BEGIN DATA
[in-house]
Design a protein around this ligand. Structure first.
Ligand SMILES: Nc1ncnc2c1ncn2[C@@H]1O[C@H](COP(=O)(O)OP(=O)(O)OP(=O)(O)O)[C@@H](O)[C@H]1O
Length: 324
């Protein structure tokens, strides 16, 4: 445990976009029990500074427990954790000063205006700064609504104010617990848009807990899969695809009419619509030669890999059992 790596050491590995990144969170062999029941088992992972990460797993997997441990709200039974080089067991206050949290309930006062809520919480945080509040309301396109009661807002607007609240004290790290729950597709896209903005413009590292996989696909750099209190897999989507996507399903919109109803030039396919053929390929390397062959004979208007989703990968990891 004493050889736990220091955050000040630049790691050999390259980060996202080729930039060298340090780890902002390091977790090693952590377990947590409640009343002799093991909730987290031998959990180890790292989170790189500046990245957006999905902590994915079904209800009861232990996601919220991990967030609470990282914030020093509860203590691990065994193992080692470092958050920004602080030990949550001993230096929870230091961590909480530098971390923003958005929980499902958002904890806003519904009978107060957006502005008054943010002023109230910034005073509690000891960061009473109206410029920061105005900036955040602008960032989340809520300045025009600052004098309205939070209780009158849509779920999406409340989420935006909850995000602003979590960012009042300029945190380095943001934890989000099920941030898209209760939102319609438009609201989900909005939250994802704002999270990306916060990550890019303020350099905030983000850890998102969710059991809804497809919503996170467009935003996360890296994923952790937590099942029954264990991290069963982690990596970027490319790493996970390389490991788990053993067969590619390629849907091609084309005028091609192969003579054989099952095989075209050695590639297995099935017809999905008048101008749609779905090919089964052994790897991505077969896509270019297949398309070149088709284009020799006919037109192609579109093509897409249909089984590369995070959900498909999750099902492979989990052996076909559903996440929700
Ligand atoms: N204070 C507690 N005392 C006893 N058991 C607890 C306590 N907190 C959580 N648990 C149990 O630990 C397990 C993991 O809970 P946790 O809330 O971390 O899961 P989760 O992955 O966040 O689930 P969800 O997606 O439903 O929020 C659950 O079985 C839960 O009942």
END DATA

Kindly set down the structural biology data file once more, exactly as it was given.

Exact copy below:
[in-house]
Design a protein around this ligand. Structure first.
Ligand SMILES: Nc1ncnc2c1ncn2[C@@H]1O[C@H](COP(=O)(O)OP(=O)(O)OP(=O)(O)O)[C@@H](O)[C@H]1O
Length: 324
């Protein structure tokens, strides 16, 4: 445990976009029990500074427990954790000063205006700064609504104010617990848009807990899969695809009419619509030669890999059992 790596050491590995990144969170062999029941088992992972990460797993997997441990709200039974080089067991206050949290309930006062809520919480945080509040309301396109009661807002607007609240004290790290729950597709896209903005413009590292996989696909750099209190897999989507996507399903919109109803030039396919053929390929390397062959004979208007989703990968990891 004493050889736990220091955050000040630049790691050999390259980060996202080729930039060298340090780890902002390091977790090693952590377990947590409640009343002799093991909730987290031998959990180890790292989170790189500046990245957006999905902590994915079904209800009861232990996601919220991990967030609470990282914030020093509860203590691990065994193992080692470092958050920004602080030990949550001993230096929870230091961590909480530098971390923003958005929980499902958002904890806003519904009978107060957006502005008054943010002023109230910034005073509690000891960061009473109206410029920061105005900036955040602008960032989340809520300045025009600052004098309205939070209780009158849509779920999406409340989420935006909850995000602003979590960012009042300029945190380095943001934890989000099920941030898209209760939102319609438009609201989900909005939250994802704002999270990306916060990550890019303020350099905030983000850890998102969710059991809804497809919503996170467009935003996360890296994923952790937590099942029954264990991290069963982690990596970027490319790493996970390389490991788990053993067969590619390629849907091609084309005028091609192969003579054989099952095989075209050695590639297995099935017809999905008048101008749609779905090919089964052994790897991505077969896509270019297949398309070149088709284009020799006919037109192609579109093509897409249909089984590369995070959900498909999750099902492979989990052996076909559903996440929700
Ligand atoms: N204070 C507690 N005392 C006893 N058991 C607890 C306590 N907190 C959580 N648990 C149990 O630990 C397990 C993991 O809970 P946790 O809330 O971390 O899961 P989760 O992955 O966040 O689930 P969800 O997606 O439903 O929020 C659950 O079985 C839960 O009942």